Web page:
Next day we went to see the school and it too was what we had hoped for and kind of already felt it would be: An international, bilingual Montessori school with IB certification, part of the Blue Flag program, with 100 students divided over 7 grades, situated on a beautiful plot in the middle of the forest maybe 5 minutes from the ocean. Let me not go overboard on this one, as while I am writing this we still need to get a final confirmation that we are actually admitted, but in short it is exactly what we are looking for, plus the kids get surfing lessons as part of after school activities! I mean, awesome, or what? We had a very nice introduction to the school by the director himself, who showed us around the premises and the different classrooms, library, sports fields and the school’s own flock of sheep, doubling as lawnmowers. According to the director he feels our girls would fit the school system perfectly and he is putting his weight behind our application, so hopefully soon we will receive the word that we can start packing for real. We have already started, given that we leave Argentina end May to take an intermittent holiday to Kenya to visit some close friends and see the big 5, but it is weird to prepare your own Great Migration knowing that you are still waiting for a signature that could completely throw your plans out the window, if it wouldn’t come… But what the heck, we are good to go.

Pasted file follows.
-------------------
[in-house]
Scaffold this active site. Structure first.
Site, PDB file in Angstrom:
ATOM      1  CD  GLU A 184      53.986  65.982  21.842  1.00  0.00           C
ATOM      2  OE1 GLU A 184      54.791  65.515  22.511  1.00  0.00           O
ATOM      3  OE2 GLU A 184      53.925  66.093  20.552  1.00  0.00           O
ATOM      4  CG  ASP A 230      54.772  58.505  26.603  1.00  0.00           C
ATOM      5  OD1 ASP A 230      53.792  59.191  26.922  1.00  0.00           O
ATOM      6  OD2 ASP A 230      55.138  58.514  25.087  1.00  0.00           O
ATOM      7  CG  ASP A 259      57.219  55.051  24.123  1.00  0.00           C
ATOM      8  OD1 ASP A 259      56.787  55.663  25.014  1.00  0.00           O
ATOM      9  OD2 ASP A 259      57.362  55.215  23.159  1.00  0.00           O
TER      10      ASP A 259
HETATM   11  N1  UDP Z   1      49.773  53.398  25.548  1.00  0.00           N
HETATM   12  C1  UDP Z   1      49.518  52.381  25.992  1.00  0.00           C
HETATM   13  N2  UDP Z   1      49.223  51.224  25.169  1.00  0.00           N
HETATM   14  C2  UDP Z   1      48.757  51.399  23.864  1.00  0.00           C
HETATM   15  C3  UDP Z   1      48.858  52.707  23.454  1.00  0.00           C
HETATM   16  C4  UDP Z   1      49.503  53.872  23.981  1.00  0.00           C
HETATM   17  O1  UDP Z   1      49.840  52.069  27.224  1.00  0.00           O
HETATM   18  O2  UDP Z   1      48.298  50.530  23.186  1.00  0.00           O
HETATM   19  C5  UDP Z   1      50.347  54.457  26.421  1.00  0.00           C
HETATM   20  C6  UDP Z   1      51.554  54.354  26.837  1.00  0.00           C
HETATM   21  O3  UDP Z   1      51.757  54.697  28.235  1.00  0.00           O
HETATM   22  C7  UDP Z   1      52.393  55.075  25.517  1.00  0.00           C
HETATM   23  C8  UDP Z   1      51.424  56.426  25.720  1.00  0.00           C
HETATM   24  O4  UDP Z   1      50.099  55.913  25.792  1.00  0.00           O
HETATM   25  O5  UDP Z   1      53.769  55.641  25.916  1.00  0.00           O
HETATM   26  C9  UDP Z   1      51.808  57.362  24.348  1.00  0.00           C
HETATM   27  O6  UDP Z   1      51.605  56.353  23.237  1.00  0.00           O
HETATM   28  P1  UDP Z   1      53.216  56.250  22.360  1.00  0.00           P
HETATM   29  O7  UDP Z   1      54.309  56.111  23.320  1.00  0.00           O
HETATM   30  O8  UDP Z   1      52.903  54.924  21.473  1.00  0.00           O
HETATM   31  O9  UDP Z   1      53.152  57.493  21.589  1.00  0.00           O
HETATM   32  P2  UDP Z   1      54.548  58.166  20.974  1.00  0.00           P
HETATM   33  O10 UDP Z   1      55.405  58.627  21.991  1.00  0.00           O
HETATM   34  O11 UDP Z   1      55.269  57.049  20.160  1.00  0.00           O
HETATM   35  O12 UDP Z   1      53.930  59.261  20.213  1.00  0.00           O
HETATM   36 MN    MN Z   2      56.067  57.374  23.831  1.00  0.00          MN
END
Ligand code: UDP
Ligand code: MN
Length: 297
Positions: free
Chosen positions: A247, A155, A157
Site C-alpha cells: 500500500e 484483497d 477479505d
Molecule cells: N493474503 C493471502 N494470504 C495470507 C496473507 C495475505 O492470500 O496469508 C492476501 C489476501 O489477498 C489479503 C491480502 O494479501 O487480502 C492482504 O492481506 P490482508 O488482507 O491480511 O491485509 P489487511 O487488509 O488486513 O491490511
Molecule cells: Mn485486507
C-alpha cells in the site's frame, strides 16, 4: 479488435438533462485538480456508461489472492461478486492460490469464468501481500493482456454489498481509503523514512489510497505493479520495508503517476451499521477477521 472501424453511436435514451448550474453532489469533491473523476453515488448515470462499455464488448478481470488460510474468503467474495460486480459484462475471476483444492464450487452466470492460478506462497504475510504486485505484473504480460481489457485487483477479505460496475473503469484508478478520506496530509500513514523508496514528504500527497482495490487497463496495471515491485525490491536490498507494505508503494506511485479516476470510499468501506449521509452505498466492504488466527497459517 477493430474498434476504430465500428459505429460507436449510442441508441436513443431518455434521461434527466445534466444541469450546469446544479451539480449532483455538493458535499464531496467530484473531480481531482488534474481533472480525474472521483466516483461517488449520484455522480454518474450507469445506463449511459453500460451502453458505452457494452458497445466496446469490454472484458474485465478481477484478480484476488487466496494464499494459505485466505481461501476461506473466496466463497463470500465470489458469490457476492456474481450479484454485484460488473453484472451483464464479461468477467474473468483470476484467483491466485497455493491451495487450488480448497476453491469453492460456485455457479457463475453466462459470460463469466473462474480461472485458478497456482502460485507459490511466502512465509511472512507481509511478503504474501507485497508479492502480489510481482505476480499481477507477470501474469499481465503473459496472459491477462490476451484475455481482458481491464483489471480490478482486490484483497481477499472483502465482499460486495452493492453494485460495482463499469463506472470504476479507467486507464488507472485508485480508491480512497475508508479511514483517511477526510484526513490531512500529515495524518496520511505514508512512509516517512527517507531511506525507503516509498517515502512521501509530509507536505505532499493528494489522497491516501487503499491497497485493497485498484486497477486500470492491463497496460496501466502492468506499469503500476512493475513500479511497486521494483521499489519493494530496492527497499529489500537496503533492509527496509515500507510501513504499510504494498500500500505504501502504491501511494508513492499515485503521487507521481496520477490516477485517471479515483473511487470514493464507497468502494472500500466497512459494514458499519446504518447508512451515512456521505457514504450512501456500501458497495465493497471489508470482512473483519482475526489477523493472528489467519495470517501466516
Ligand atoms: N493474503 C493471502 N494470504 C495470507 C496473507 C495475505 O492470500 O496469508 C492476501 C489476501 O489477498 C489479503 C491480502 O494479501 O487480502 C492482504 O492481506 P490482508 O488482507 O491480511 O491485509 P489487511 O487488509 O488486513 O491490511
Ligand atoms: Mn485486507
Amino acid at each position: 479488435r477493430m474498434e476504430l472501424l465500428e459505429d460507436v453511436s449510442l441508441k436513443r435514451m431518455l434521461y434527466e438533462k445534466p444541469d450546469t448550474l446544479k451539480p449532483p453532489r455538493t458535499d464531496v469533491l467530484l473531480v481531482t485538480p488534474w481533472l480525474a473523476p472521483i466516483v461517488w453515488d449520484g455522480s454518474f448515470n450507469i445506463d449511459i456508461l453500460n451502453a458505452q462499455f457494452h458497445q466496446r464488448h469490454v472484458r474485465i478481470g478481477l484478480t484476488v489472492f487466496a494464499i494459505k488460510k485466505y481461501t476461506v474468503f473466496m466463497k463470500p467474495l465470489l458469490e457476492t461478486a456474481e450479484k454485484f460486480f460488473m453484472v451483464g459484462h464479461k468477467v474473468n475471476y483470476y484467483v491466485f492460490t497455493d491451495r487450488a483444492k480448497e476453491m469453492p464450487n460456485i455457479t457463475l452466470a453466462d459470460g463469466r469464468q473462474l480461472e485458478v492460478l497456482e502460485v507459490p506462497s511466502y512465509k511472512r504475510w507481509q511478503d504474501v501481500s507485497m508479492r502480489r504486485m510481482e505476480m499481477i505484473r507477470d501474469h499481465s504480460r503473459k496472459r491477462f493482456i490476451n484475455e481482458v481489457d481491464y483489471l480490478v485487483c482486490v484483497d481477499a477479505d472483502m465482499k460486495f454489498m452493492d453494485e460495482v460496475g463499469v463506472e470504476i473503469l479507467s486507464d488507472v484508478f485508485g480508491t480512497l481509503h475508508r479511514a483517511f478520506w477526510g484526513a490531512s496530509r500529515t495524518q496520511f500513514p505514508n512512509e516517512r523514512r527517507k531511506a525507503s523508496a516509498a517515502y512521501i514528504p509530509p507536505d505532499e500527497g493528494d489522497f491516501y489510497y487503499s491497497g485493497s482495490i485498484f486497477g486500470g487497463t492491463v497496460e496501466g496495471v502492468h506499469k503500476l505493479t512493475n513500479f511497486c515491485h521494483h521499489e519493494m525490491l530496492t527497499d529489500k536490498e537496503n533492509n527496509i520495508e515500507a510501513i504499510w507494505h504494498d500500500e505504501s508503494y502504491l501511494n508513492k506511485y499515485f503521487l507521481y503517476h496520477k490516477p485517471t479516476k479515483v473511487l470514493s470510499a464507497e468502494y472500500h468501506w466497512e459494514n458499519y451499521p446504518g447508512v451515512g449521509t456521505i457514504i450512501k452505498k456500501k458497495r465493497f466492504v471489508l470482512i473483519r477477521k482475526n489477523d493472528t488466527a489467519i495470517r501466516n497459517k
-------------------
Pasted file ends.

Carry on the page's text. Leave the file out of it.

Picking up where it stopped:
We have learnt to live in the now. Frustration, anger and sadness about the past and worries about the future are mostly useless time wasters; you can only do your best today. You can do so knowing what you have learnt in the past and what you would eventually like to achieve in the future, but in the end doing your best today is the basic gist of what it all comes down to, living life. We have given this step to Costa Rica every bit of positive energy we could have given it on any of the moments that it mattered. Now it will either happen or it won’t and we will cross that bridge when we come to it. Life turns out to have a certain flow and after having tried to manipulate and force that flow into the direction I thought it needed to go, I am now a lot more inclined to listen to it telling me where I need to go. Life is easier this way, a lot less cluttered, more focused and more productive, and on top I have a lot more time to be with my family, which is actually all that matters…